In a semester-long course of study at Harvard’s Graduate School of Design, ICS Principal Scott Campbell led planning and design students in a for-credit, hands-on exploration of private-sector land and water conservation efforts. Students explored the inherent potential land trusts and other private sector conservation groups demonstrate in addressing some of the world’s toughest land use and water management challenges. The independent study course, Large Landscape Conservation and the Future of America’s Rivers, examined efforts spanning several major U.S. watersheds, culminating in a trip to Colorado for an exploration of conservation, land use planning, and water management projects in the Arkansas River Basin.

Local, state, and national land trusts have protected as much land in the United States as is encompassed by America’s national parks (approximately 50 million acres) and protect an additional 2,000,000 acres every year. They create parks and trails for growing cities, preserve expansive tracts of farms and forests, safeguard the nation’s foodsheds, and design and execute land use projects driven by conservation, economic, and aesthetic concerns. Unbound by conventional political boundaries, land trusts are becoming increasingly effective regional planning agents, focusing on large geographical areas. They are natural and cultural resource preservation agents in ways that planning, zoning, and environmental regulators are not; and they have the capacity to support community self-determination in ways that government environmental programs often do not. Their success has tremendous implications regarding carbon sequestration, climate change mitigation, sustaining ecological functioning at scale, and building resilience in human communities.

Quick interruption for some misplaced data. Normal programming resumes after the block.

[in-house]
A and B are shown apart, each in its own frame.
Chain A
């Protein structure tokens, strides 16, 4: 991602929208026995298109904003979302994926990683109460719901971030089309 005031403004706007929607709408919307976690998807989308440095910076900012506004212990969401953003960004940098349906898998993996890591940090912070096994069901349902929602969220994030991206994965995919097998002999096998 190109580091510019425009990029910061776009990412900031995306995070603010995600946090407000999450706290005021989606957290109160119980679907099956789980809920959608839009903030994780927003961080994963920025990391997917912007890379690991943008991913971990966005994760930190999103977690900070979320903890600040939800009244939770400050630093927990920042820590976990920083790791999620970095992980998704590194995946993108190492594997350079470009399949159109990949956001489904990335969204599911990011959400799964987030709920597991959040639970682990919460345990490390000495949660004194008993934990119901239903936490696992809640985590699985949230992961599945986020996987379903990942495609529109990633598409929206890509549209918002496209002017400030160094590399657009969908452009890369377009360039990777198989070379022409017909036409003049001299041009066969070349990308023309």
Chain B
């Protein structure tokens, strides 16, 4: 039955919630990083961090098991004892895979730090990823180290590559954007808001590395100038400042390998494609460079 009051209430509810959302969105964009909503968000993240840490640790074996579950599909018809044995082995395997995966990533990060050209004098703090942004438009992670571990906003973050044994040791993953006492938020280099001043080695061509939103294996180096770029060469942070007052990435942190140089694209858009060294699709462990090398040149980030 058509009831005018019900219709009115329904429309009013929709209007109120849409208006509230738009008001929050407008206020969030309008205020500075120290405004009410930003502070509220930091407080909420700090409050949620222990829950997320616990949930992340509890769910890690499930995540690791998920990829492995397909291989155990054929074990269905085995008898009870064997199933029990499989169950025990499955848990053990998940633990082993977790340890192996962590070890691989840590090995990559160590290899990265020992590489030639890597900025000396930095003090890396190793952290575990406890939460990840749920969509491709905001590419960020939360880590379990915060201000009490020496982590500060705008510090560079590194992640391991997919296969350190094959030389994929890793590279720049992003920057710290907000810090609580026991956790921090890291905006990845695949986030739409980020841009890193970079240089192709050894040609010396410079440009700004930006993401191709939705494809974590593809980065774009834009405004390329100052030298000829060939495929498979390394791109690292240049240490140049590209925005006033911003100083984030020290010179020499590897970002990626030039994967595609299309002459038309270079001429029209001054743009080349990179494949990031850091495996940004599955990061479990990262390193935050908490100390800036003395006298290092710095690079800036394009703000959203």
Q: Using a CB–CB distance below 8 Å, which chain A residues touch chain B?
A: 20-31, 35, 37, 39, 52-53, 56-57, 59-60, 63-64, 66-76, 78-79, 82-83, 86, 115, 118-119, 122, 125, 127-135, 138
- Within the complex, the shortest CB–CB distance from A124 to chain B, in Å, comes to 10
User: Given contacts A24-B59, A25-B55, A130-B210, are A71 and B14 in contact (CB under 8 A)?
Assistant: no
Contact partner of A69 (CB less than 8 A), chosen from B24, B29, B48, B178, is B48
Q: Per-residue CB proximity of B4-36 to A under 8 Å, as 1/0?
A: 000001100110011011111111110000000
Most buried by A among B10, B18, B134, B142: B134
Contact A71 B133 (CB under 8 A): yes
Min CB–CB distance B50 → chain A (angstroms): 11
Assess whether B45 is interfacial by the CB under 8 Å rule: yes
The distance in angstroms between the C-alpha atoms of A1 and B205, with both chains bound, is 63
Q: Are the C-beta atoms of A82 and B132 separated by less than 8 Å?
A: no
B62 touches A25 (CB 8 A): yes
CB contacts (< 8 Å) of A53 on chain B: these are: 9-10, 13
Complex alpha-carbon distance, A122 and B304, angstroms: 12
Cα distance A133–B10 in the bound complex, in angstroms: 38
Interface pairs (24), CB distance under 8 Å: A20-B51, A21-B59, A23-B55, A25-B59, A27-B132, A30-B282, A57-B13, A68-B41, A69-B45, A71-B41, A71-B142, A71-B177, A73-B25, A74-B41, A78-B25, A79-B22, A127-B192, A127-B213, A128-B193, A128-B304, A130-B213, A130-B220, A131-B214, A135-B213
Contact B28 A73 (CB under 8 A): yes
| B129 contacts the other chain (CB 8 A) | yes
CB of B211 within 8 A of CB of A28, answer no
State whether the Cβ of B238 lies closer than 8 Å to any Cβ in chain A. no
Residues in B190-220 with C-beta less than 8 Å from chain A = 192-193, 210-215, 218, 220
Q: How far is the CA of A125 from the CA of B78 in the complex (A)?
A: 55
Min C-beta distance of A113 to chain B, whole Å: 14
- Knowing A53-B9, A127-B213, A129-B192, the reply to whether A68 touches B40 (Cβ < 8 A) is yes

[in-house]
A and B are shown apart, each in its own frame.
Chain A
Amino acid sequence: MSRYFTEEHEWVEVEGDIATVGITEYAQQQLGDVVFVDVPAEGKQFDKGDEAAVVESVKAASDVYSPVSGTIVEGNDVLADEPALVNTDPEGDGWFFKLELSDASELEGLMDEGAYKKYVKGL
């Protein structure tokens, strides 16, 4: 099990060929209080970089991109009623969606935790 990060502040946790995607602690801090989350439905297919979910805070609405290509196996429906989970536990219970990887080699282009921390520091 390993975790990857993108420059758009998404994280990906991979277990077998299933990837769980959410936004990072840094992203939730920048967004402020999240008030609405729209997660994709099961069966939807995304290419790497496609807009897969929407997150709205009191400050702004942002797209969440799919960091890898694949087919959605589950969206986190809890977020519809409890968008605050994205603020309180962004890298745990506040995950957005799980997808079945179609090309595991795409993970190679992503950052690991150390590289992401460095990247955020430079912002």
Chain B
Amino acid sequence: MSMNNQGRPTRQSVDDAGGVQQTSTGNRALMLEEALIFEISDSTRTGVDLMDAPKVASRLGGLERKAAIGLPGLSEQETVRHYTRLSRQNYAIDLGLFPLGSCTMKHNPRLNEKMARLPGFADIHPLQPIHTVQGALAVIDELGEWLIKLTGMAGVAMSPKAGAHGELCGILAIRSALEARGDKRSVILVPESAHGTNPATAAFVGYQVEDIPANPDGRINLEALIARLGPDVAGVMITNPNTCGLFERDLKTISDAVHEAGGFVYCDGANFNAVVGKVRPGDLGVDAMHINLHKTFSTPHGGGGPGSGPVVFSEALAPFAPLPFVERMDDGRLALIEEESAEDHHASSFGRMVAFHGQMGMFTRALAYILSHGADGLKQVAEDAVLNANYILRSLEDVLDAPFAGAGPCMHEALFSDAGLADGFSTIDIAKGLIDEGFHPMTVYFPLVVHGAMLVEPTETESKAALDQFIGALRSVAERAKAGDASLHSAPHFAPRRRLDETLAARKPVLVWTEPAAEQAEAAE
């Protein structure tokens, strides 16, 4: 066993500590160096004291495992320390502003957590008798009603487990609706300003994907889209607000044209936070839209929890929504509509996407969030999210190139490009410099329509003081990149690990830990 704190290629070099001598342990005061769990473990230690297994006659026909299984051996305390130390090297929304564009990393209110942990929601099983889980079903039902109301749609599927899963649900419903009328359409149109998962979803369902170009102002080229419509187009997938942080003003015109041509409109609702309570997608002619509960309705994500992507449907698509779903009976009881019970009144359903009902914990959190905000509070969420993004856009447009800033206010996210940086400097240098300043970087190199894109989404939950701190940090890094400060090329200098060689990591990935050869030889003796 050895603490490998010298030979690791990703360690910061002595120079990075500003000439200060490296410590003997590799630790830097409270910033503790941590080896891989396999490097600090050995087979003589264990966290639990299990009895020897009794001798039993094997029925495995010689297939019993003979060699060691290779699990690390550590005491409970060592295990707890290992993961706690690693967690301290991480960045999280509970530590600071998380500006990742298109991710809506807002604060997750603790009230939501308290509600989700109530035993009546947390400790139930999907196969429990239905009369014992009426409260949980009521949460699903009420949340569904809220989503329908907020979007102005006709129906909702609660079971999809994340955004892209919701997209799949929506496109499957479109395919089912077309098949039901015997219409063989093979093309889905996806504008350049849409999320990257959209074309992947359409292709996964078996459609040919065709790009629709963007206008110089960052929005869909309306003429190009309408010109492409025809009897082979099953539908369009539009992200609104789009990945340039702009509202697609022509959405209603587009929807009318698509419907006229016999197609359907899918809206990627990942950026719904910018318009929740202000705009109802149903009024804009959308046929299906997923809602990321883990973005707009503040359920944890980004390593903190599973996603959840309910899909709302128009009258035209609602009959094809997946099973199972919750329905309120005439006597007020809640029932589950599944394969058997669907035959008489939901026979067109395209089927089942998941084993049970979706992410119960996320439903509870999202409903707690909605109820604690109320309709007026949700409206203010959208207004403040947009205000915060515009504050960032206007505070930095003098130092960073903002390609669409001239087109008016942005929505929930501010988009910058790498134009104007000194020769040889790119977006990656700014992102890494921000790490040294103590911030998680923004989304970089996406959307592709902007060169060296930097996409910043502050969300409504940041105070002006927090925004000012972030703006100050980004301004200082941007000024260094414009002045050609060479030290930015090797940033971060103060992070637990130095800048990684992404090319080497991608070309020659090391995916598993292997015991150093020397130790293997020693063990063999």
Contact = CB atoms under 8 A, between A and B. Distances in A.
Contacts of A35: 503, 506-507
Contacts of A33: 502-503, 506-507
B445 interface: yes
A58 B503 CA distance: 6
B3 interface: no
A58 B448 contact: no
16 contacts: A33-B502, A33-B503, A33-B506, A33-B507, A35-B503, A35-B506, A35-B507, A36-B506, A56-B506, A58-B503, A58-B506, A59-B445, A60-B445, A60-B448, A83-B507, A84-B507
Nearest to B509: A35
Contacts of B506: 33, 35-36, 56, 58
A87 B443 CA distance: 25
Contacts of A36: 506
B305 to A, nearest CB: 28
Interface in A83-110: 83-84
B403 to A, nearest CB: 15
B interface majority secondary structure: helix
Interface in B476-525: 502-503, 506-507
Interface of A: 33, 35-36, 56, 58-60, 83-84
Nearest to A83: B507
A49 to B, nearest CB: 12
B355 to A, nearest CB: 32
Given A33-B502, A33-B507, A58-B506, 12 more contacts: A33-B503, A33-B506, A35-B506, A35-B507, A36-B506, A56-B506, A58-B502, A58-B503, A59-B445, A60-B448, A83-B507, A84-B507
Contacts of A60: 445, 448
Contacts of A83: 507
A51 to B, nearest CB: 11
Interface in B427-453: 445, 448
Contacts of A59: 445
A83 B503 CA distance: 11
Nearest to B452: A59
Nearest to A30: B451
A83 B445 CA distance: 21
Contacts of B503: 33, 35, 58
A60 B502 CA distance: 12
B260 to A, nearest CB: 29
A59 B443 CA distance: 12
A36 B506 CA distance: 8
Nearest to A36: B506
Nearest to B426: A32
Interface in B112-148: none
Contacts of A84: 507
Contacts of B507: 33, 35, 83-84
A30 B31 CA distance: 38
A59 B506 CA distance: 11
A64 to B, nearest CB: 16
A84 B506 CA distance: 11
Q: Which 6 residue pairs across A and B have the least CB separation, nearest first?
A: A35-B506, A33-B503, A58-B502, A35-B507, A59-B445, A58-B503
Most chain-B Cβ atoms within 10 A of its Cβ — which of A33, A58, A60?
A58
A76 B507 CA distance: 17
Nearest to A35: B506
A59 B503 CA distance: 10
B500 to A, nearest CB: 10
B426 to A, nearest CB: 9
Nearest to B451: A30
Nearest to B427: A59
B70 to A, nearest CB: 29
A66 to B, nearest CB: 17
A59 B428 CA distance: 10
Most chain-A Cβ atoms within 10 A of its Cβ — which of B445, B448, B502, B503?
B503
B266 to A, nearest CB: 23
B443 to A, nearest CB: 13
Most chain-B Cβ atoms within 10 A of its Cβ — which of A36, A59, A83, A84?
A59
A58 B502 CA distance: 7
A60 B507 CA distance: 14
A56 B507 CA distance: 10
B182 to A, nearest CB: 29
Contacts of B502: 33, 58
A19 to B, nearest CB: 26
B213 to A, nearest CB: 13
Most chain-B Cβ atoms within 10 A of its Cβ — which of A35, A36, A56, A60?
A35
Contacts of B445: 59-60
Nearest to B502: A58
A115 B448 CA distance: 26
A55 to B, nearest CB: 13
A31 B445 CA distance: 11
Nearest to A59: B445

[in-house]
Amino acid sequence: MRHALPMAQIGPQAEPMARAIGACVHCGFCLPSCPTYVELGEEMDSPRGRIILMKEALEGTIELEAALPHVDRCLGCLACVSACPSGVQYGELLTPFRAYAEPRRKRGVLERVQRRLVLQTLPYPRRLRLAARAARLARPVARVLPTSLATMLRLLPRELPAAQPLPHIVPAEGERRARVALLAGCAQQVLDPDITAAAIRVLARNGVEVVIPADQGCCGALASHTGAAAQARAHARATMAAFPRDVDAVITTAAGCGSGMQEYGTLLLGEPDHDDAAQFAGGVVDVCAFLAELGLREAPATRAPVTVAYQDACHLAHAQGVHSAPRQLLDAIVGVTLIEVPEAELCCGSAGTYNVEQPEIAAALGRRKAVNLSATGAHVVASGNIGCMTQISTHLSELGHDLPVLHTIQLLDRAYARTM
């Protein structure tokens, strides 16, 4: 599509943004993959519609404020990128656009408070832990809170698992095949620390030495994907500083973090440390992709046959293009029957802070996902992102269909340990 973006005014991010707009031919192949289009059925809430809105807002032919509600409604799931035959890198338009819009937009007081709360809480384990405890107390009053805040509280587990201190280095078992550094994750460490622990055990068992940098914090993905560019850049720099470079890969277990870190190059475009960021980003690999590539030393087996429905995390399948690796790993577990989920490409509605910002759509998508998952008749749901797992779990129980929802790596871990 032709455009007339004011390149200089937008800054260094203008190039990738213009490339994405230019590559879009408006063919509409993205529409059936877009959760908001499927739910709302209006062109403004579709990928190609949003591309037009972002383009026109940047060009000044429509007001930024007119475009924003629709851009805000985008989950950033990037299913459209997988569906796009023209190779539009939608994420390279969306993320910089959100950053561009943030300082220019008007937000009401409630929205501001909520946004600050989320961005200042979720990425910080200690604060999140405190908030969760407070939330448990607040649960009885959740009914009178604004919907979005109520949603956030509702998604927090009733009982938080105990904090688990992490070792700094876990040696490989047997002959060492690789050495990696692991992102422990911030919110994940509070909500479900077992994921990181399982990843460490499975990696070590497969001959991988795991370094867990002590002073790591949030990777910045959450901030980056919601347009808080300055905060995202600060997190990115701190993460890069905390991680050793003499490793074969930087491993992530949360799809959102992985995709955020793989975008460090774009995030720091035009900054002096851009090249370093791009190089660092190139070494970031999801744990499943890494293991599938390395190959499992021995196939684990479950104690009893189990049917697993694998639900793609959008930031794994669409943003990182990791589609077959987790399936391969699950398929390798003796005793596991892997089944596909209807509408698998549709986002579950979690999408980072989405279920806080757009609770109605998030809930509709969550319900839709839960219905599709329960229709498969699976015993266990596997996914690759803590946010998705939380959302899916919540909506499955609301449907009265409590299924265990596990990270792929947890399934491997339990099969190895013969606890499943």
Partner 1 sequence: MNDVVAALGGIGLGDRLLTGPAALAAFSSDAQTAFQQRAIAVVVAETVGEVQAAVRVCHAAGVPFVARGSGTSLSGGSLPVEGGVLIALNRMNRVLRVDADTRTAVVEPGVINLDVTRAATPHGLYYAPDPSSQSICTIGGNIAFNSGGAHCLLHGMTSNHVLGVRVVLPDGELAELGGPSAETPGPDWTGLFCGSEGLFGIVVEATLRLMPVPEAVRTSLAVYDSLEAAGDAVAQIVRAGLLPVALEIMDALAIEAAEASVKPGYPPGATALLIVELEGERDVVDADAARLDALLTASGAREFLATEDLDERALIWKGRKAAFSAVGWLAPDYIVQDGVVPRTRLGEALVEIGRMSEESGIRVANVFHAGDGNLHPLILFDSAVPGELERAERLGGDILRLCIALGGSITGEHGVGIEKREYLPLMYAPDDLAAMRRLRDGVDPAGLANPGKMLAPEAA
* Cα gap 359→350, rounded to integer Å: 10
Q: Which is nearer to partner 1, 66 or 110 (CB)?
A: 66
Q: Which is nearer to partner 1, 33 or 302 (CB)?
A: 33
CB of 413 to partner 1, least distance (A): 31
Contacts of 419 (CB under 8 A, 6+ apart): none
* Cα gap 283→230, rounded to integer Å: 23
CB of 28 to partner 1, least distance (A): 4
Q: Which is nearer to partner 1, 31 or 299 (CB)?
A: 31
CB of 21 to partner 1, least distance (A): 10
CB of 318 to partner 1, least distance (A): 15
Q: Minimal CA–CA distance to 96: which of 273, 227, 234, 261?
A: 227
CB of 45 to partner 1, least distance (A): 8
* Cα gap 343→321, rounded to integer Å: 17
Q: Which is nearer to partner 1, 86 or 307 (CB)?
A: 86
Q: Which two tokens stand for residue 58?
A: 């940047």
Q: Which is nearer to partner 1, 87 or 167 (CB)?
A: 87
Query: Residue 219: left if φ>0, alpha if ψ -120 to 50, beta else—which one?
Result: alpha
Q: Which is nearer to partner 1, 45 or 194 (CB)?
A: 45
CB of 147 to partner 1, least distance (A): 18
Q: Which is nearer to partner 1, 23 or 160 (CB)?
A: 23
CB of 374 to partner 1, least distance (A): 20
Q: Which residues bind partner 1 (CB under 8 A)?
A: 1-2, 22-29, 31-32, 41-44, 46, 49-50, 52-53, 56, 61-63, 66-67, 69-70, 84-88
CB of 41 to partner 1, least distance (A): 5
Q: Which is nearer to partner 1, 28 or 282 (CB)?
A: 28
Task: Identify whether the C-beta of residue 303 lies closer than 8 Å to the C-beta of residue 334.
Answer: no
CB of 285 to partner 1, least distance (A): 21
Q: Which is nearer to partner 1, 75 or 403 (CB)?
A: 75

In Colorado, students visited the BX Ranch, a 25,000-acre property bordering the City of Pueblo that was conserved by a for-profit timber investment management company (TIMO), a B-Corporation looking to expand its sustainable forestry work into America’s grasslands and work with the cattle industry to improve grassland health. They visited Steve Wooten, Vice President of the Colorado Cattlemen’s Association and owner of Beatty Canyon ranch, and visited with farmers whose communities face economic and environmental decline precipitated by municipal “buy-and-dry” practices (a municipal water appropriations practice where cities buy interests in farm properties, then fallow those farms to divert the water for municipal use). The visit concluded in a series of meetings with land trust leaders, water experts, and planning officials to explore the ways in which conservation groups can influence local and regional planning to recouple land use with water management. Read the syllabus here.